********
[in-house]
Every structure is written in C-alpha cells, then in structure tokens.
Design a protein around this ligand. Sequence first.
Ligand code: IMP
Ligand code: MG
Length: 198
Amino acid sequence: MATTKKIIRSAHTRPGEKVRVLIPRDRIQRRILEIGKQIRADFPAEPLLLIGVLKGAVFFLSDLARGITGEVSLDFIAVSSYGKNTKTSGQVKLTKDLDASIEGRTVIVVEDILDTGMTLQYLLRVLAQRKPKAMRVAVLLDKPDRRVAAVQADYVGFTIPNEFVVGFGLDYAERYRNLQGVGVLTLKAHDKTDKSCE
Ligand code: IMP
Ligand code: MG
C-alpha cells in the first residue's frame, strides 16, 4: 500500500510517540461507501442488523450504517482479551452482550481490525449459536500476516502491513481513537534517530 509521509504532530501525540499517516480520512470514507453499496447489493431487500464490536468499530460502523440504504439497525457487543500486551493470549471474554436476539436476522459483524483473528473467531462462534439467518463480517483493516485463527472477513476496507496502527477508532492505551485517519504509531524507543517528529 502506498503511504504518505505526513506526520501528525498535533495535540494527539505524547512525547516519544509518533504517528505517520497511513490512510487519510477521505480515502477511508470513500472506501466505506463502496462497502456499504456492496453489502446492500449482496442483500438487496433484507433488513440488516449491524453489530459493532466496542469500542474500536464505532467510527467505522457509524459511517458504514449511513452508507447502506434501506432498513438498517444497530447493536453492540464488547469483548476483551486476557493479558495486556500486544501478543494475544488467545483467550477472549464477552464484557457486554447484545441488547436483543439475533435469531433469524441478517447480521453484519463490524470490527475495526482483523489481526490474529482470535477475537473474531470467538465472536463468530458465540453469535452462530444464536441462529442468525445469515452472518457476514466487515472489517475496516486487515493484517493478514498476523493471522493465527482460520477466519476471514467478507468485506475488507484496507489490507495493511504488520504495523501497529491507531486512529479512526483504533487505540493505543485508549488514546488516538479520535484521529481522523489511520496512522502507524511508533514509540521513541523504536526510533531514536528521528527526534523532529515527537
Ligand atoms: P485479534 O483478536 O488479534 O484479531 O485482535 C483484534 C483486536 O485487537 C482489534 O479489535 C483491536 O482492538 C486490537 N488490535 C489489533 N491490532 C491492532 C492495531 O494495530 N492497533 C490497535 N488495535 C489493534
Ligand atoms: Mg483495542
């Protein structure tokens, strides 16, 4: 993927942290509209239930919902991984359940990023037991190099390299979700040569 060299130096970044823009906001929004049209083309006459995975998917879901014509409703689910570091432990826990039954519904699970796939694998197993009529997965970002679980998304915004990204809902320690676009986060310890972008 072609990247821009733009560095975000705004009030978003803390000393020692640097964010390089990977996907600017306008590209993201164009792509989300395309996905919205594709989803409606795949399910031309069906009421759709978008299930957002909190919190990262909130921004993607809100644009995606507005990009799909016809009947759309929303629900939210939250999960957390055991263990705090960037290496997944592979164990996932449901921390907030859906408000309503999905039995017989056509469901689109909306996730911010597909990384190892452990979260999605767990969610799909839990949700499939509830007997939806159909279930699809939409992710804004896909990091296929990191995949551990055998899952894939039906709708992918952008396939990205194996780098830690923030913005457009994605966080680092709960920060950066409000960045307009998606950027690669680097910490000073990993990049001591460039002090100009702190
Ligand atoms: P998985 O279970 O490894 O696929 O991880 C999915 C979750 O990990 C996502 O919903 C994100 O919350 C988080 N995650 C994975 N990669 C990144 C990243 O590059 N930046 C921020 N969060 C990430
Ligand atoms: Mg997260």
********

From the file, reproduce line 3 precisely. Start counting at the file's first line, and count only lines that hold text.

Design a protein around this ligand. Sequence first.